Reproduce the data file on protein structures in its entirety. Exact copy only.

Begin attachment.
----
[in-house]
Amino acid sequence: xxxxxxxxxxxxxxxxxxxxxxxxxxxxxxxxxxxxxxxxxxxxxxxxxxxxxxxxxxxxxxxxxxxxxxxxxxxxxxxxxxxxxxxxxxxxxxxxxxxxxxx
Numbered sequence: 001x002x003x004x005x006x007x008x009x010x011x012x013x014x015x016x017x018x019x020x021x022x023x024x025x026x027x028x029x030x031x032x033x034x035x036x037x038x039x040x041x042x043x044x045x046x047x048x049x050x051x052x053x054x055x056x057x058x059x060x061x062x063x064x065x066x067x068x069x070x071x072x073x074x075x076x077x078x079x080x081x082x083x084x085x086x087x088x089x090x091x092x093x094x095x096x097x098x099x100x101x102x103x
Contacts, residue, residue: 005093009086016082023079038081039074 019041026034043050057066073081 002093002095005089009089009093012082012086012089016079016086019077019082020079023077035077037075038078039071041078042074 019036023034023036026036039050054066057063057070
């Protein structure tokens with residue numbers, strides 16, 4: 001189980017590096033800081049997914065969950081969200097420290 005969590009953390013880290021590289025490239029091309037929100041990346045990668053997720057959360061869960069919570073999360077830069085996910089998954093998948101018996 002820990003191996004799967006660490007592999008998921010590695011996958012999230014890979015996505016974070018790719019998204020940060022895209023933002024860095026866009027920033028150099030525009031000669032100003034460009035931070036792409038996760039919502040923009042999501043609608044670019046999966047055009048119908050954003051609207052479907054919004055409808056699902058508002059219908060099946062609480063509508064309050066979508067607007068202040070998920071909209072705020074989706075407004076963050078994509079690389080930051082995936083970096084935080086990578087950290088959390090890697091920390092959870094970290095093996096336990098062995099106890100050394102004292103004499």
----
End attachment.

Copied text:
[in-house]
Amino acid sequence: xxxxxxxxxxxxxxxxxxxxxxxxxxxxxxxxxxxxxxxxxxxxxxxxxxxxxxxxxxxxxxxxxxxxxxxxxxxxxxxxxxxxxxxxxxxxxxxxxxxxxxx
Numbered sequence: 001x002x003x004x005x006x007x008x009x010x011x012x013x014x015x016x017x018x019x020x021x022x023x024x025x026x027x028x029x030x031x032x033x034x035x036x037x038x039x040x041x042x043x044x045x046x047x048x049x050x051x052x053x054x055x056x057x058x059x060x061x062x063x064x065x066x067x068x069x070x071x072x073x074x075x076x077x078x079x080x081x082x083x084x085x086x087x088x089x090x091x092x093x094x095x096x097x098x099x100x101x102x103x
Contacts, residue, residue: 005093009086016082023079038081039074 019041026034043050057066073081 002093002095005089009089009093012082012086012089016079016086019077019082020079023077035077037075038078039071041078042074 019036023034023036026036039050054066057063057070
């Protein structure tokens with residue numbers, strides 16, 4: 001189980017590096033800081049997914065969950081969200097420290 005969590009953390013880290021590289025490239029091309037929100041990346045990668053997720057959360061869960069919570073999360077830069085996910089998954093998948101018996 002820990003191996004799967006660490007592999008998921010590695011996958012999230014890979015996505016974070018790719019998204020940060022895209023933002024860095026866009027920033028150099030525009031000669032100003034460009035931070036792409038996760039919502040923009042999501043609608044670019046999966047055009048119908050954003051609207052479907054919004055409808056699902058508002059219908060099946062609480063509508064309050066979508067607007068202040070998920071909209072705020074989706075407004076963050078994509079690389080930051082995936083970096084935080086990578087950290088959390090890697091920390092959870094970290095093996096336990098062995099106890100050394102004292103004499």